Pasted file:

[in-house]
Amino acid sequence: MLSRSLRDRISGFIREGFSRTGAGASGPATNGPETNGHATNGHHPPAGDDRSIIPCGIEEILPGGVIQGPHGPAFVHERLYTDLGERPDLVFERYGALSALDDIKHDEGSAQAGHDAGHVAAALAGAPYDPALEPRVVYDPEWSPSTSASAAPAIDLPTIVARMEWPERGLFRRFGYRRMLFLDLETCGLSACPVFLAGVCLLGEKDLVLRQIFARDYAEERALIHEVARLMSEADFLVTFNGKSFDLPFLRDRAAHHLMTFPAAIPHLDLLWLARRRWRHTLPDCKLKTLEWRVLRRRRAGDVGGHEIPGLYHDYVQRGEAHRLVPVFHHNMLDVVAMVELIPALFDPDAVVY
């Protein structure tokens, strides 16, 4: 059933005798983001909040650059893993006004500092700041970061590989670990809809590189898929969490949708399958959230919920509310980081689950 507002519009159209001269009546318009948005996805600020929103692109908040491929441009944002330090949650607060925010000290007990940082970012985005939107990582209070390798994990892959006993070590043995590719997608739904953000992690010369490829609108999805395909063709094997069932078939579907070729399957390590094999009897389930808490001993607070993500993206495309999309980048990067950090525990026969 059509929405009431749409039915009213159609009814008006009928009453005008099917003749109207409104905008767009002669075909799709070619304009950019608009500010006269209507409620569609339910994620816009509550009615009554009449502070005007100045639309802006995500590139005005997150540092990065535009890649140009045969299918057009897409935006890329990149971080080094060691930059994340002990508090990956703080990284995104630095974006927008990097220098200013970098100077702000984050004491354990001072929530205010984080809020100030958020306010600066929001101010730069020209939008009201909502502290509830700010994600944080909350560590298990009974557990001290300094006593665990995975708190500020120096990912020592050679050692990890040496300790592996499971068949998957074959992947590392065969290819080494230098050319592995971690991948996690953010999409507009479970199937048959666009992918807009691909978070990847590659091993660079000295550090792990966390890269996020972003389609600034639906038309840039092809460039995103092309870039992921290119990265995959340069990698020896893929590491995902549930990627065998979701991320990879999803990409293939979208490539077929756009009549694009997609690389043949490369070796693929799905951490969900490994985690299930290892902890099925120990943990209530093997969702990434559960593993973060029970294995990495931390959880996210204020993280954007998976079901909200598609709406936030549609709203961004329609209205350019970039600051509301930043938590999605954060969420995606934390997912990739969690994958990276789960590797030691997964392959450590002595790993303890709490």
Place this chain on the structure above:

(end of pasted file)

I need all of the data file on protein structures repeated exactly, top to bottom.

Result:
[in-house]
Amino acid sequence: MLSRSLRDRISGFIREGFSRTGAGASGPATNGPETNGHATNGHHPPAGDDRSIIPCGIEEILPGGVIQGPHGPAFVHERLYTDLGERPDLVFERYGALSALDDIKHDEGSAQAGHDAGHVAAALAGAPYDPALEPRVVYDPEWSPSTSASAAPAIDLPTIVARMEWPERGLFRRFGYRRMLFLDLETCGLSACPVFLAGVCLLGEKDLVLRQIFARDYAEERALIHEVARLMSEADFLVTFNGKSFDLPFLRDRAAHHLMTFPAAIPHLDLLWLARRRWRHTLPDCKLKTLEWRVLRRRRAGDVGGHEIPGLYHDYVQRGEAHRLVPVFHHNMLDVVAMVELIPALFDPDAVVY
């Protein structure tokens, strides 16, 4: 059933005798983001909040650059893993006004500092700041970061590989670990809809590189898929969490949708399958959230919920509310980081689950 507002519009159209001269009546318009948005996805600020929103692109908040491929441009944002330090949650607060925010000290007990940082970012985005939107990582209070390798994990892959006993070590043995590719997608739904953000992690010369490829609108999805395909063709094997069932078939579907070729399957390590094999009897389930808490001993607070993500993206495309999309980048990067950090525990026969 059509929405009431749409039915009213159609009814008006009928009453005008099917003749109207409104905008767009002669075909799709070619304009950019608009500010006269209507409620569609339910994620816009509550009615009554009449502070005007100045639309802006995500590139005005997150540092990065535009890649140009045969299918057009897409935006890329990149971080080094060691930059994340002990508090990956703080990284995104630095974006927008990097220098200013970098100077702000984050004491354990001072929530205010984080809020100030958020306010600066929001101010730069020209939008009201909502502290509830700010994600944080909350560590298990009974557990001290300094006593665990995975708190500020120096990912020592050679050692990890040496300790592996499971068949998957074959992947590392065969290819080494230098050319592995971690991948996690953010999409507009479970199937048959666009992918807009691909978070990847590659091993660079000295550090792990966390890269996020972003389609600034639906038309840039092809460039995103092309870039992921290119990265995959340069990698020896893929590491995902549930990627065998979701991320990879999803990409293939979208490539077929756009009549694009997609690389043949490369070796693929799905951490969900490994985690299930290892902890099925120990943990209530093997969702990434559960593993973060029970294995990495931390959880996210204020993280954007998976079901909200598609709406936030549609709203961004329609209205350019970039600051509301930043938590999605954060969420995606934390997912990739969690994958990276789960590797030691997964392959450590002595790993303890709490």
Place this chain on the structure above: